IT has taken almost two years but, on the evidence of last week's courageous Budget, the Government is finally getting to grips with the economic crisis that has engulfed the country. For the first time since Brian Cowen became Taoiseach, it is now possible to say that we have reached the end of the beginning of this recession and that there is now a plausible plan in place for the recovery. It will be a long hard road, but Brian Lenihan, the Minister for Finance, took the first decisive steps last Wednesday when he introduced a Budget that tackled head-on the disarray in the Government's finances.
It was, according to the Financial Times, a masochistic Budget, but an essential one. The pain caused by this Budget, and the previous attempt last April, will be felt by everyone in this country. Public servants have been hit particularly hard; already stung by April's pension levy, they must now stomach a pay cut. Their anger is understandable, but the Government had no choice but to cut. Recession has reduced the size of the Irish economy and has forced the Government to reduce the size and cost of the public sector. Total tax receipts this year will not come close to meeting the combined cost of public sector pay and social welfare, so it was essential that both bills were reduced.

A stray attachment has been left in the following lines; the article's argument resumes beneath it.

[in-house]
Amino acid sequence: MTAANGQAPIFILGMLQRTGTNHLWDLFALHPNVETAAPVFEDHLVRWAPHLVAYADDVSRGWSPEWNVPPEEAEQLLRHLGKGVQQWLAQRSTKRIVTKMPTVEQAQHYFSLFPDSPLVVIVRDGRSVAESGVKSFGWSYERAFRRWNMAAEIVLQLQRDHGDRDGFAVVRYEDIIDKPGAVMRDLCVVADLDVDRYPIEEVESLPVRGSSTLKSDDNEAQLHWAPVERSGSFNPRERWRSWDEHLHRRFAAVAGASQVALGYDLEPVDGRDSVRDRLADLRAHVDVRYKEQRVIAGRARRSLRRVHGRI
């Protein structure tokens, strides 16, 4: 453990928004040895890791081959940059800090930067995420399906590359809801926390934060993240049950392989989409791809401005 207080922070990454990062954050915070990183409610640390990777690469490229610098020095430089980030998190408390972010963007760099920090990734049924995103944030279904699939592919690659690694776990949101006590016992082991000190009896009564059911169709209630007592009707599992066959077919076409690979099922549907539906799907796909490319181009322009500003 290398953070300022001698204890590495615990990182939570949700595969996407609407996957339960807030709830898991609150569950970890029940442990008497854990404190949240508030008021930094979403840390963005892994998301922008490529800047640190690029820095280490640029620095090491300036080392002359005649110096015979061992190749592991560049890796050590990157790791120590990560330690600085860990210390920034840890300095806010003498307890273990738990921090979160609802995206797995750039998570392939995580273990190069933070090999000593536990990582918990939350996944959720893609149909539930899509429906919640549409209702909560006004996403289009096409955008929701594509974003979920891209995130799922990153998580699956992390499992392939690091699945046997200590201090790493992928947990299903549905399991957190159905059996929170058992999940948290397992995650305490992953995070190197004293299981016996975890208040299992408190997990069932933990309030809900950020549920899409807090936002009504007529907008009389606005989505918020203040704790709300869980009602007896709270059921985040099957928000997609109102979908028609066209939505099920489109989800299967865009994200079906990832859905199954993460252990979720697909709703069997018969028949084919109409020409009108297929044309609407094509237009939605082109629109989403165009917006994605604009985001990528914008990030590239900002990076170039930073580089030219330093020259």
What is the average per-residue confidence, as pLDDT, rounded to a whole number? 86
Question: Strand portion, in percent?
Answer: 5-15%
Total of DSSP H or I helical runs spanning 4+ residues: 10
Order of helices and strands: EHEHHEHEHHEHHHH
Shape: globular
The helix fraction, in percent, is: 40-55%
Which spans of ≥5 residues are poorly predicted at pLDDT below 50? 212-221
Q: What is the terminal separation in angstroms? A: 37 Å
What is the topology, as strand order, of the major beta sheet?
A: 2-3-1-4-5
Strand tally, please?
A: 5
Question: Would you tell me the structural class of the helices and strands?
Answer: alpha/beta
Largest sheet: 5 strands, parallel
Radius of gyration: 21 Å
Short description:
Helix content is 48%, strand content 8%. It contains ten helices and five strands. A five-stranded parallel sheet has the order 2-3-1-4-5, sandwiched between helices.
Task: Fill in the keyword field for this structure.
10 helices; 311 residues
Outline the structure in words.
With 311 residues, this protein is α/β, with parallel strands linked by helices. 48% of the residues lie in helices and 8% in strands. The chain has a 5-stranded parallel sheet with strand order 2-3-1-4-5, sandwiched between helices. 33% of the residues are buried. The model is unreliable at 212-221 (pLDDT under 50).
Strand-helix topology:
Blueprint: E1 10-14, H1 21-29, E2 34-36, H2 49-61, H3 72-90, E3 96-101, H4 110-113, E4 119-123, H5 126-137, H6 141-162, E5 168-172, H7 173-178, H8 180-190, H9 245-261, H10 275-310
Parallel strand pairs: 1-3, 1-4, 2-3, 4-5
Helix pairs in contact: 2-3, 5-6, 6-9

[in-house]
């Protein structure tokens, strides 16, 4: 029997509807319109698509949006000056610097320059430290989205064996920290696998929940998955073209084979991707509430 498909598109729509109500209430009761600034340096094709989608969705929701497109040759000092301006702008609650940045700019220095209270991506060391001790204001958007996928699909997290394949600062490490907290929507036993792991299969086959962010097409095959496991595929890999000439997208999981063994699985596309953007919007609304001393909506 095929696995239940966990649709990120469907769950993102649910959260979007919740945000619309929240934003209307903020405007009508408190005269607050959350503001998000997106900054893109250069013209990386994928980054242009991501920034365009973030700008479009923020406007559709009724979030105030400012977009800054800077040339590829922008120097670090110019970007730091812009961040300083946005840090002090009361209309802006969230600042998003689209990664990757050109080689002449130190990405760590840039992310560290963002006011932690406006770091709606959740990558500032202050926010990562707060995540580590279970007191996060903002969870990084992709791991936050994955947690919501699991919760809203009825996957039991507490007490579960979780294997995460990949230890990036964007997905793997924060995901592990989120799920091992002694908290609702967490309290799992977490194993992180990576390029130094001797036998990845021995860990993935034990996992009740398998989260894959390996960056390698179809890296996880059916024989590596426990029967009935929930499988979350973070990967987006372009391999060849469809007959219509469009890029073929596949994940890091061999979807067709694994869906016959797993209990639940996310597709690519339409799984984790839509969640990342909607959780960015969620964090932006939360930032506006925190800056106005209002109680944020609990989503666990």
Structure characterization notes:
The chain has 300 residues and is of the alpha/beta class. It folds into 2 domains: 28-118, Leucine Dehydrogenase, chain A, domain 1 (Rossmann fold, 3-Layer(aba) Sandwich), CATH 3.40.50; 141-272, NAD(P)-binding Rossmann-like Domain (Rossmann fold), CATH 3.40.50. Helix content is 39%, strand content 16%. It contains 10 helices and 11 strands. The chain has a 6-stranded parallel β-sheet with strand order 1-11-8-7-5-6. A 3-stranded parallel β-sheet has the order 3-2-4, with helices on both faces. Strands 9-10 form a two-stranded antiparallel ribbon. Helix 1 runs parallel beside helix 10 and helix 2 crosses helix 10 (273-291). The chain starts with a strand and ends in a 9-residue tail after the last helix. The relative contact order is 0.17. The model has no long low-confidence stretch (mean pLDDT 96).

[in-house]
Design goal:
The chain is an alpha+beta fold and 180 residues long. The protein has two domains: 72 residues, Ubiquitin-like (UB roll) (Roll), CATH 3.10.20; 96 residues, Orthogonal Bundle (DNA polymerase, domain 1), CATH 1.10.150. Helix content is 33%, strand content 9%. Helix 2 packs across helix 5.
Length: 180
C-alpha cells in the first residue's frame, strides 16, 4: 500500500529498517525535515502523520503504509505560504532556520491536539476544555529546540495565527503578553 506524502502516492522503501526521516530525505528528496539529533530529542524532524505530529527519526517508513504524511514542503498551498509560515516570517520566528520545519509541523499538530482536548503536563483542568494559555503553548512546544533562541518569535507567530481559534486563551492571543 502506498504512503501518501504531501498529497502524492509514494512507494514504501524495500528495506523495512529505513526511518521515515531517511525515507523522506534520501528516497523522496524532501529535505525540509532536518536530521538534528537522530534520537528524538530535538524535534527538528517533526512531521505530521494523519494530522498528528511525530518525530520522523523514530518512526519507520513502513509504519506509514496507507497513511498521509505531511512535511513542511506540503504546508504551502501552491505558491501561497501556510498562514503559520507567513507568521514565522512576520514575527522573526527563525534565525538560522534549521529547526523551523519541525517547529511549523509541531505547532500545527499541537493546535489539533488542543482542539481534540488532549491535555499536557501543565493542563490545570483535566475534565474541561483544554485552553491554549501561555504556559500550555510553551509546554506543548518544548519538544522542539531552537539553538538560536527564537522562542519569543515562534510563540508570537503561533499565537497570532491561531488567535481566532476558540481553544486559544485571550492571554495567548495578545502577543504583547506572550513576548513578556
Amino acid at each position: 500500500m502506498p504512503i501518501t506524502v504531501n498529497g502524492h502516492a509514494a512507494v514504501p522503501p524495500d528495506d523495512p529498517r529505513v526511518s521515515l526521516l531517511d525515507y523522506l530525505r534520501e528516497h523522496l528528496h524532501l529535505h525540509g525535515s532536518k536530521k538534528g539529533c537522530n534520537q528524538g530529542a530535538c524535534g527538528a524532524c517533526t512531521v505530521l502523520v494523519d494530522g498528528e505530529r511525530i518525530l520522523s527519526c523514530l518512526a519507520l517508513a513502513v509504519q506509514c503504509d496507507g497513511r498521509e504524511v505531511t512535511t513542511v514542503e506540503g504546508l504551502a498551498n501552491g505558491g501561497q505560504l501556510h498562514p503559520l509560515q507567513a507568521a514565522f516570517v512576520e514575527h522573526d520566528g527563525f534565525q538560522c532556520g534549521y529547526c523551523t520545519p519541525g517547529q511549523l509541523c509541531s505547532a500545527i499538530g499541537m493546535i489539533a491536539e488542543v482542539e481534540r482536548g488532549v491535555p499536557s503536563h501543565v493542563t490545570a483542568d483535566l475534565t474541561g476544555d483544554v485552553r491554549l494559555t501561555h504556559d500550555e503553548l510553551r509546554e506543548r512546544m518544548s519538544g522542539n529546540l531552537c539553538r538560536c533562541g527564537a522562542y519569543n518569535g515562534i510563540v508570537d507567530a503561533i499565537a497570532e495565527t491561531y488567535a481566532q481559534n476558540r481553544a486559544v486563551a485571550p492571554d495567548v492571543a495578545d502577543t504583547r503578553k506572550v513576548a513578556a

According to today's opinion poll, a significant majority of voters now believe that Mr Lenihan, and not Mr Cowen, is actually in charge of the Government. They also believe that the power of the public sector unions has been broken and that the Garda Siochana should not contemplate strike action. In truth, it does not matter who is guiding government decision-making, so long as the right decisions are being taken. Most importantly, the dithering and indecision of the previous weeks and months was replaced by a clear-headed Budget that pulled few punches.
Cowen and Lenihan chose to go for the big targets -- cutting social welfare for the first time since 1924, cutting public sector pay for effectively the second time in a year and cutting child benefit. The next stage in this process of painful recovery must be comprehensive reform of both the public sector and of government itself. Mr Lenihan said that he would need to make further savings of €2bn in current spending next year, less than he feared he would have to make but still substantial.
The trade unions have already identified savings that could be achieved through reform and they now have a responsibility to deliver them. Unfortunately, the unions seem to be too focussed on their own hurt to notice the bigger picture. They are smarting from their failure to persuade the Government to make what would have been a catastrophic choice, and they are threatening to launch damaging strikes against this Government. That is madness.
There is no easy alternative, no pot of gold that can be taxed, no simple solution to a crisis that has wreaked so much havoc in the private sector. Cuts have to be made because the country can no longer afford the cost of the public sector. Those costs will have to fall further next year, and the only way in which the public sector can avoid another cut in pay is if it can deliver savings by embracing reform.
Strikes will achieve nothing but enmity and heartache for those union members who engage in them. This Government cannot back down now, because that would invite ridicule from the international markets and destroy any attempt at repairing Ireland's credibility. Union leaders must show restraint and offer honest leadership to their members. Reform, not industrial action, is the only way forward.